Chapter 18 – The Labour Party’s support for Zionism

by Jason Lever


Posted on Sun, 01 Dec 2013 17:37:24 GMT


Poale Zion cements Solomon Lever’s affiliation

Solomon Lever had strong Zionist affinities – his grandfather and uncle had both gone to Palestine – and he was critical of the Labour Government elected in 1945 because after its early backing for Zionism before the Second World War, the Labour party’s approach had changed.

The precise degree to which Solomon’s Labour loyalties were challenged by the anti-fascist credentials of the Communist party is not known. What is likely is that Poale Zion’s strong support for Labour had helped attract him to the party in the first place. In turn, Bevin’s policies as Foreign Secretary called into question his full support to the newly elected Labour Government after 1945.

Poale Zion was a movement of Marxist Zionist Jewish workers circles founded in Russia in 1901. It had branches in London in 1903/04 and Leeds in 1905. The aim was to popularise Zionism within unions and among Labour politicians, saying in the 1918 general election that not only did the Labour Party ‘stand for labour under good conditions… [but also] redemption of our own National Home, Palestine’ (ref: Alderman 1983).

Anthony Asquith, Liberal party leader, further lost Jewish support in 1922 by arguing in a speech in Paisley for Britain’s withdrawal from its obligations in Palestine as part of a wider foreign policy of retrenchment. This backtracked on the Balfour Declaration, the first significant declaration by a world power in favour of a Jewish “national home” in Palestine which was made under the auspices of the Lloyd George Coalition, with the prominent leadership of the Liberals.

At the same time, half of the Jews returned to Parliament in the inter-war 1918, 1922 and 1923 elections were Conservatives. Nevertheless many of these Members were out-and-out anti-Zionists and feared that supporting a Jewish national home would bring their loyalty to Britain into question.

In opposition to the National Government of the 1920s, the Labour Party ‘found it easy to support the ideal of the National Home’. Labour and Trades Union Congress (TUC) conferences in the 1920s regularly supported the idea of a Jewish National Home influenced by Poale Zion. Labour’s leader, Ramsay MacDonald, visited Palestine in 1922 and reiterated this policy (ref: Jenner and Taylor; Alderman 1983).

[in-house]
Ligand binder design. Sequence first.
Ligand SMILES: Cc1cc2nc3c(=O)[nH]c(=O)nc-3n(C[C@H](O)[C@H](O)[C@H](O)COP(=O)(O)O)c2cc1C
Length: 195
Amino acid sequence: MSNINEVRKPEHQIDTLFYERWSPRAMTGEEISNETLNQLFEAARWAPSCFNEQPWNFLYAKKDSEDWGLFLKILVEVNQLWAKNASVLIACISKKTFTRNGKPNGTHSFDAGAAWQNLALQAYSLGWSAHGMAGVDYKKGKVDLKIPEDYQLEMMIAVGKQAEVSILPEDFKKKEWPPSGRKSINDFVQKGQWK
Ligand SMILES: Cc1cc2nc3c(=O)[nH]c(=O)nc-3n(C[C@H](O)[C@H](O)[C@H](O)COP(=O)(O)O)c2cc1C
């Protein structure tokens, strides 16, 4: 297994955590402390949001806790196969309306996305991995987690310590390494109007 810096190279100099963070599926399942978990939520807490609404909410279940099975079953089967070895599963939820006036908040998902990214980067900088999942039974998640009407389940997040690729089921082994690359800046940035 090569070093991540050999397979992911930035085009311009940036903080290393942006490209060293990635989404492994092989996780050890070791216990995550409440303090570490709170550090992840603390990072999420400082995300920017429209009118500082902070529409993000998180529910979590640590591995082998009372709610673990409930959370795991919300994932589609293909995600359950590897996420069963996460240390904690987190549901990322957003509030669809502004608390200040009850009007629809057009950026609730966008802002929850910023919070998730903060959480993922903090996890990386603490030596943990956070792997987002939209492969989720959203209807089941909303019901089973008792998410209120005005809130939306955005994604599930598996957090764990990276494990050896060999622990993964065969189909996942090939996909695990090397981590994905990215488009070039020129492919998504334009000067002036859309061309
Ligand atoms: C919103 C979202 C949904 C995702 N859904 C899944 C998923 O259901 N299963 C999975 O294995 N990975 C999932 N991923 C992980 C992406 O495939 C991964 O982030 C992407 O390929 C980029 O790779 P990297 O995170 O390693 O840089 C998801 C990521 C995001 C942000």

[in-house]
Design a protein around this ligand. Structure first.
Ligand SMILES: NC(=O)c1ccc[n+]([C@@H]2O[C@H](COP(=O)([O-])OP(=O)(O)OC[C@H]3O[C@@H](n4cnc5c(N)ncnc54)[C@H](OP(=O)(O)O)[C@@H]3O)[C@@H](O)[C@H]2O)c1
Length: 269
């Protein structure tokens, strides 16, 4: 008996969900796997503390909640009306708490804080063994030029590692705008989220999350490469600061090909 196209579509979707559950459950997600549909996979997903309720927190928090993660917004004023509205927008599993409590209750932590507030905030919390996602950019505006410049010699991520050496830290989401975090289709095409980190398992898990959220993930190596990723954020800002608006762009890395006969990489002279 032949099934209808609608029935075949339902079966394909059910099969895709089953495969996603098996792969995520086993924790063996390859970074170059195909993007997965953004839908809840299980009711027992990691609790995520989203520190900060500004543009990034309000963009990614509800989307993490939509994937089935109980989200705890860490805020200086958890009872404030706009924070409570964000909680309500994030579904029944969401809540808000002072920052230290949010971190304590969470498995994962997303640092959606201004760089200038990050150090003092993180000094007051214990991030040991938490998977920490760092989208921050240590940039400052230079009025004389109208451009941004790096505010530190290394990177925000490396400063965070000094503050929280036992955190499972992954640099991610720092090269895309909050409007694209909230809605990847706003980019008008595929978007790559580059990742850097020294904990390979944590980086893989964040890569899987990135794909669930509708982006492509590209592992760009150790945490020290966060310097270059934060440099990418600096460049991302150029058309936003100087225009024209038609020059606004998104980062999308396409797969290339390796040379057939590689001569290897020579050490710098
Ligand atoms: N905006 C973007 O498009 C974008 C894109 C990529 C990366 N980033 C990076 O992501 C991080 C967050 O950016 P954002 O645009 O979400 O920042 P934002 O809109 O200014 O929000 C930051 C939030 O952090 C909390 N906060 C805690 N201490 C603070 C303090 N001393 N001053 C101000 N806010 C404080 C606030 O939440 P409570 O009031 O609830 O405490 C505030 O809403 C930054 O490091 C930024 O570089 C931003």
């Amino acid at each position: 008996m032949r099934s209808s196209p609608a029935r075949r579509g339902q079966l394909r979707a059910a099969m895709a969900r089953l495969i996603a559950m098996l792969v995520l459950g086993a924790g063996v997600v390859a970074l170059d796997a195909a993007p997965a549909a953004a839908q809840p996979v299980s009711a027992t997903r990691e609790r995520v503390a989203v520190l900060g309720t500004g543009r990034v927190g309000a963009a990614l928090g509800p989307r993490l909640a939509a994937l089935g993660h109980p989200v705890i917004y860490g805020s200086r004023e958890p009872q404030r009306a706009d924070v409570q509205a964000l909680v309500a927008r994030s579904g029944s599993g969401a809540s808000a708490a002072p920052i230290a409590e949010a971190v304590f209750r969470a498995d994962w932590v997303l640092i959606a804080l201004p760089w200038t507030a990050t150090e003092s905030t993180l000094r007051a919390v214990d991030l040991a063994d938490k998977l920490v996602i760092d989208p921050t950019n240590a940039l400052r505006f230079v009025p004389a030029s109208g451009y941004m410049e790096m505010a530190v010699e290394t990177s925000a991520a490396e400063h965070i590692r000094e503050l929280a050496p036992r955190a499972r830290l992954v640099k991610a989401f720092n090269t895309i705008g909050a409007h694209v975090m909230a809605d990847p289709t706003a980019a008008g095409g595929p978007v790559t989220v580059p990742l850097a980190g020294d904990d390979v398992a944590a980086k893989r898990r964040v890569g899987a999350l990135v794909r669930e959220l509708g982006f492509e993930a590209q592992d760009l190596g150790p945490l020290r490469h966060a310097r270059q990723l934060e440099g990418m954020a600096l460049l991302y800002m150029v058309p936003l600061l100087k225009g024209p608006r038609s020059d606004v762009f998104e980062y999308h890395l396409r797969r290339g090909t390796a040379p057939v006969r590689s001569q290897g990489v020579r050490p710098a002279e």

Trades-Unions Labour-Party Zionism Poale-Zion Balfour-Declaration Palestine

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Chapters

Chapter 1 - Introducing Solomon Lever and his l...Chapter 2 - The Jewish East EndChapter 3 - A family history of Solomon LeverChapter 4 - A Jewish East End education for Sol...Chapter 5 - Joining East End cultural and commu...Chapter 6 - Solomon as a cabinet makerChapter 7 – From cabinet maker to trade union g...Chapter 8 – Rise of the London Jewish Bakers UnionChapter 9 – Dealing with the challenges of a de...Chapter 10 – Solomon’s journey to Jewish trade ...Chapter 11 – Interlude of anarchism’s appeal to...Chapter 12 – Solomon Lever finds his home in th...Chapter 13 – The Liberal and Conservative partiesChapter 14 – The Labour Party consolidates its ...Chapter 15 – The appeal of East End councils’ s...Chapter 16 – The rise and fall of communist sup...Chapter 17 – Surging Labourism after the warChapter 18 – The Labour Party’s support for Zio...Chapter 19 – Short-lived Labour-Zionist honeymoonChapter 20 – Solomon Lever’s 1947 broadcast spe...Chapter 21 – Solomon Lever’s 1948 speech from t...Chapter 22 – Solomon Lever’s 1954 speech from t...Chapter 23 – Solomon Lever’s final TUC speech i...Chapter 24 – His Worshipful The Mayor and Mayor...Chapter 25 – Family connections in the Mayor’s ...Chapter 26 – Important social issues raised wit...Chapter 27 – The adbuction of Solomon LeverChapter 28 – Discovery of Solomon’s bodyChapter 29 – InquestChapter 30 – The death of Solomon LeverChapter 31 – Solomon’s funeral and obituaryChapter 32 – The death knell of the London Jewi...Chapter 33 – An appraisalChapter 34 – Bibliography